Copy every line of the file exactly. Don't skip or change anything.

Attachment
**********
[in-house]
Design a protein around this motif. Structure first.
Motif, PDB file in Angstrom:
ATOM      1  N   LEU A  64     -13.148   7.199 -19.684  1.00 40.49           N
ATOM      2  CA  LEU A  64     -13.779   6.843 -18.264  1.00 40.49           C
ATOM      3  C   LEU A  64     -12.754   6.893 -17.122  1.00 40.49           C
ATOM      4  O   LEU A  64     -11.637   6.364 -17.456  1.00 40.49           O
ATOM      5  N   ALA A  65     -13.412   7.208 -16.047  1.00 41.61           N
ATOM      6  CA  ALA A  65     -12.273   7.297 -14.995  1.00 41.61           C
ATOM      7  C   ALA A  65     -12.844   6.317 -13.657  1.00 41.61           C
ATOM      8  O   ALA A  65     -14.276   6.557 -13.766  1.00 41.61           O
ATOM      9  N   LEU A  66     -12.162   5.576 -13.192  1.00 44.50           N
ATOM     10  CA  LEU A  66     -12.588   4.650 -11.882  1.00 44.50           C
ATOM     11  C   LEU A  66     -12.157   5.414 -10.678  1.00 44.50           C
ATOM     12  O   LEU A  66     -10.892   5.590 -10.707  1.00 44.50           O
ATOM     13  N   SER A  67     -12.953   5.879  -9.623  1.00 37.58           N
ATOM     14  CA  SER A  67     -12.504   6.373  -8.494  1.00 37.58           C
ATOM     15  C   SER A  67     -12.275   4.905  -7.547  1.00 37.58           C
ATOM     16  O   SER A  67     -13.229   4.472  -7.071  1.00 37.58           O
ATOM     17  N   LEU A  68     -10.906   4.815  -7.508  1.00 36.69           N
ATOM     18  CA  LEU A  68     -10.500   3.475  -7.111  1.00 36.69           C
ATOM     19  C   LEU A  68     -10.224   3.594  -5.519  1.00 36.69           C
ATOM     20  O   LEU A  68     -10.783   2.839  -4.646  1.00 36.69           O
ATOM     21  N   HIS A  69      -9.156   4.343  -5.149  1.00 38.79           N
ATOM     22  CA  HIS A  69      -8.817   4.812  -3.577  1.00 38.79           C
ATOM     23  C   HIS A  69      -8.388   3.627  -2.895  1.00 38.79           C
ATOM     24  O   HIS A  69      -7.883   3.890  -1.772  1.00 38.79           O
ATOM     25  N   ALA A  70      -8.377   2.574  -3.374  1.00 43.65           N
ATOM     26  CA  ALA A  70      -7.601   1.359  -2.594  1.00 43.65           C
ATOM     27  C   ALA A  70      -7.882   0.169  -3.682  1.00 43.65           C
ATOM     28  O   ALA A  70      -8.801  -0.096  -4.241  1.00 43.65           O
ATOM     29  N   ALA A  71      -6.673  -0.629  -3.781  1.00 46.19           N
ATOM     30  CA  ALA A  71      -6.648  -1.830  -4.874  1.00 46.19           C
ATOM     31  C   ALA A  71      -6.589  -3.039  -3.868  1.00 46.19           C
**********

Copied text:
[in-house]
Design a protein around this motif. Structure first.
Motif, PDB file in Angstrom:
ATOM      1  N   LEU A  64     -13.148   7.199 -19.684  1.00 40.49           N
ATOM      2  CA  LEU A  64     -13.779   6.843 -18.264  1.00 40.49           C
ATOM      3  C   LEU A  64     -12.754   6.893 -17.122  1.00 40.49           C
ATOM      4  O   LEU A  64     -11.637   6.364 -17.456  1.00 40.49           O
ATOM      5  N   ALA A  65     -13.412   7.208 -16.047  1.00 41.61           N
ATOM      6  CA  ALA A  65     -12.273   7.297 -14.995  1.00 41.61           C
ATOM      7  C   ALA A  65     -12.844   6.317 -13.657  1.00 41.61           C
ATOM      8  O   ALA A  65     -14.276   6.557 -13.766  1.00 41.61           O
ATOM      9  N   LEU A  66     -12.162   5.576 -13.192  1.00 44.50           N
ATOM     10  CA  LEU A  66     -12.588   4.650 -11.882  1.00 44.50           C
ATOM     11  C   LEU A  66     -12.157   5.414 -10.678  1.00 44.50           C
ATOM     12  O   LEU A  66     -10.892   5.590 -10.707  1.00 44.50           O
ATOM     13  N   SER A  67     -12.953   5.879  -9.623  1.00 37.58           N
ATOM     14  CA  SER A  67     -12.504   6.373  -8.494  1.00 37.58           C
ATOM     15  C   SER A  67     -12.275   4.905  -7.547  1.00 37.58           C
ATOM     16  O   SER A  67     -13.229   4.472  -7.071  1.00 37.58           O
ATOM     17  N   LEU A  68     -10.906   4.815  -7.508  1.00 36.69           N
ATOM     18  CA  LEU A  68     -10.500   3.475  -7.111  1.00 36.69           C
ATOM     19  C   LEU A  68     -10.224   3.594  -5.519  1.00 36.69           C
ATOM     20  O   LEU A  68     -10.783   2.839  -4.646  1.00 36.69           O
ATOM     21  N   HIS A  69      -9.156   4.343  -5.149  1.00 38.79           N
ATOM     22  CA  HIS A  69      -8.817   4.812  -3.577  1.00 38.79           C
ATOM     23  C   HIS A  69      -8.388   3.627  -2.895  1.00 38.79           C
ATOM     24  O   HIS A  69      -7.883   3.890  -1.772  1.00 38.79           O
ATOM     25  N   ALA A  70      -8.377   2.574  -3.374  1.00 43.65           N
ATOM     26  CA  ALA A  70      -7.601   1.359  -2.594  1.00 43.65           C
ATOM     27  C   ALA A  70      -7.882   0.169  -3.682  1.00 43.65           C
ATOM     28  O   ALA A  70      -8.801  -0.096  -4.241  1.00 43.65           O
ATOM     29  N   ALA A  71      -6.673  -0.629  -3.781  1.00 46.19           N
ATOM     30  CA  ALA A  71      -6.648  -1.830  -4.874  1.00 46.19           C
ATOM     31  C   ALA A  71      -6.589  -3.039  -3.868  1.00 46.19           C